Led by collaborators from Florida State University, the team accounted for these new measurements in a large, global model of ocean atmospheric chemistry. They discovered than 36% of the sulfur from DMS is lost to clouds in this way. On top of another 15% of sulfur lost through other processes, the upshot is that less than half of the sulfur marine plankton release as DMS can help nucleate clouds.
"This loss of sulfur to the clouds reduces the formation rate of small particles, so it reduces the formation rate of the cloud nuclei themselves. The impact on cloud brightness and other properties will have to be explored in the future," says Bertram.
Until recently, researchers have largely ignored the effects clouds have on chemical processes over the ocean, in part because it is difficult to obtain good data from the cloud layer. But the new study shows both the power of the right instruments to get that data and the significant roles clouds can play, even influencing the processes that give rise to the clouds themselves.
"This work has really reopened this area of marine chemistry," says Bertram.
Novak, G.A., C.H. Fite, C.D. Holmes, P.R. Veres, J.A. Neuman, I. Faloona, J.A. Thornton, G.M. Wolfe, M.P. Vermeuel, C.M. Jernigan, J. Peischl, T.B. Ryerson, C.R. Thompson, I. Bourgeois, C. Warneke, G.I. Gkatzelis, M.M. Coggon, K. Sekimoto, T.P. Bui, J. Dean-Day, G.S. Diskin, R.H. Moore, E.B. Wiggins, E.L. Winstead, C. Robinson, L. Thornhill, K.J. Sanchez, S. Hall, K. Ullmann, D. Blake, and T.H. Bertram, Rapid cloud removal of dimethyl sulfide oxidation products limits SO2 and cloud condensation nuclei production in the marine boundary layer, Proceedings of the National Academy of Sciences, doi:10.1073/pnas.2110472118, 2021.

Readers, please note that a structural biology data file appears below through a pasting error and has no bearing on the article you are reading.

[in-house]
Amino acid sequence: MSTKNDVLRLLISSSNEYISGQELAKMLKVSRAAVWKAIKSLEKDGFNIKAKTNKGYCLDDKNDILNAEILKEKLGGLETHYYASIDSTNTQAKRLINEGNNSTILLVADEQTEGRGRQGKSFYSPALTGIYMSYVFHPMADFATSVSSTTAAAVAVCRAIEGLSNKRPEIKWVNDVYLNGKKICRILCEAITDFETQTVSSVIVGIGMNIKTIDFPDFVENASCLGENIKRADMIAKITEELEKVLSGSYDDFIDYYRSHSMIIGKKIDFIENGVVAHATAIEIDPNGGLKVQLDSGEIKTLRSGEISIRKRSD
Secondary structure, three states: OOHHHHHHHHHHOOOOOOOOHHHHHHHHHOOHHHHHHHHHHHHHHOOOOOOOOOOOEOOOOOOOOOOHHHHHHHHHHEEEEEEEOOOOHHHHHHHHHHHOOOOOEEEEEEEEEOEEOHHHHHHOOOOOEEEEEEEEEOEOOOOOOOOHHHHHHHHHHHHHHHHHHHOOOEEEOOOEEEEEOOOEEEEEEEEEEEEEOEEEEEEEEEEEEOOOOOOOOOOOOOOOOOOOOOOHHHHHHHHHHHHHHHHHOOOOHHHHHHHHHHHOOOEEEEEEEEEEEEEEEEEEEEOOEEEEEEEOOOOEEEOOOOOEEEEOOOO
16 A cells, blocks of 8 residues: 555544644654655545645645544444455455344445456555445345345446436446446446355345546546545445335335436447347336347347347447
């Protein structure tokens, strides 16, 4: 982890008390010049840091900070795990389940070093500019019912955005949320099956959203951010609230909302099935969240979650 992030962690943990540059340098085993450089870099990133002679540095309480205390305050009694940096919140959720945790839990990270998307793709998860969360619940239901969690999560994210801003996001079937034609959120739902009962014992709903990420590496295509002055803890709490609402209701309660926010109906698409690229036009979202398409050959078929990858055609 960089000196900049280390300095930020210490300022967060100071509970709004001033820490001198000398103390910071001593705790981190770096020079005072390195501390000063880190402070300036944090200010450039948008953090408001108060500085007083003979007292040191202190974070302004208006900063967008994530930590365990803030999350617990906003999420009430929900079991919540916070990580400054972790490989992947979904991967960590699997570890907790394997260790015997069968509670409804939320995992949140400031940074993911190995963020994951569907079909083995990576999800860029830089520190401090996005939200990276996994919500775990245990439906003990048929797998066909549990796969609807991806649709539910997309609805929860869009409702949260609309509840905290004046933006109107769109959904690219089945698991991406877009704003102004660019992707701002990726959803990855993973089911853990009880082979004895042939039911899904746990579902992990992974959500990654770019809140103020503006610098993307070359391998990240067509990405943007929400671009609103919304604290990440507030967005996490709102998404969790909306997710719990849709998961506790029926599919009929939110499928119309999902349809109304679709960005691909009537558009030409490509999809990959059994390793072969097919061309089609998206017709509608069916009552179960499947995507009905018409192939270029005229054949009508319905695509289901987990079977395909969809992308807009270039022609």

Oceans emit large quantities of dimethyl sulfide (DMS) to the marine atmosphere. The oxidation of DMS leads to the formation and growth of cloud condensation nuclei (CCN) with consequent effects on Earth's radiation balance and climate. Quantitative assessment of the impact of DMS emissions on CCN concentrations necessitates a detailed description of the oxidation of DMS in the presence of existing aerosol particles and clouds. In the unpolluted marine atmosphere, DMS is efficiently oxidized to hydroperoxymethyl thioformate (HPMTF), a stable intermediate in the chemical trajectory towards sulfur dioxide (SO2) and ultimately sulfate aerosol (Veres et al. 2020). Using direct airborne flux measurements, we demonstrate that irreversible loss of HPMTF to clouds in the marine boundary layer determines the HPMTF lifetime (t(HPMTF) < 2 hours) and terminates DMS oxidation to SO2 in the cloudy marine boundary layer. When accounting for HPMTF cloud loss in a global chemical transport model, we show that SO2 production from DMS is reduced by 35% globally and near surface (0-3km) SO2 concentrations over the ocean are lowered by 24%. This large, previously unconsidered loss process for volatile sulfur accelerates the timescale for conversion of DMS to sulfate, while limiting new particle formation in the marine atmosphere and changing the dynamics of aerosol growth. This loss process potentially reduces the spatial scale over which DMS emissions contribute to aerosol production and growth and weakens the link between DMS emission and marine CCN production with subsequent impacts on cloud formation, radiative forcing, and climate.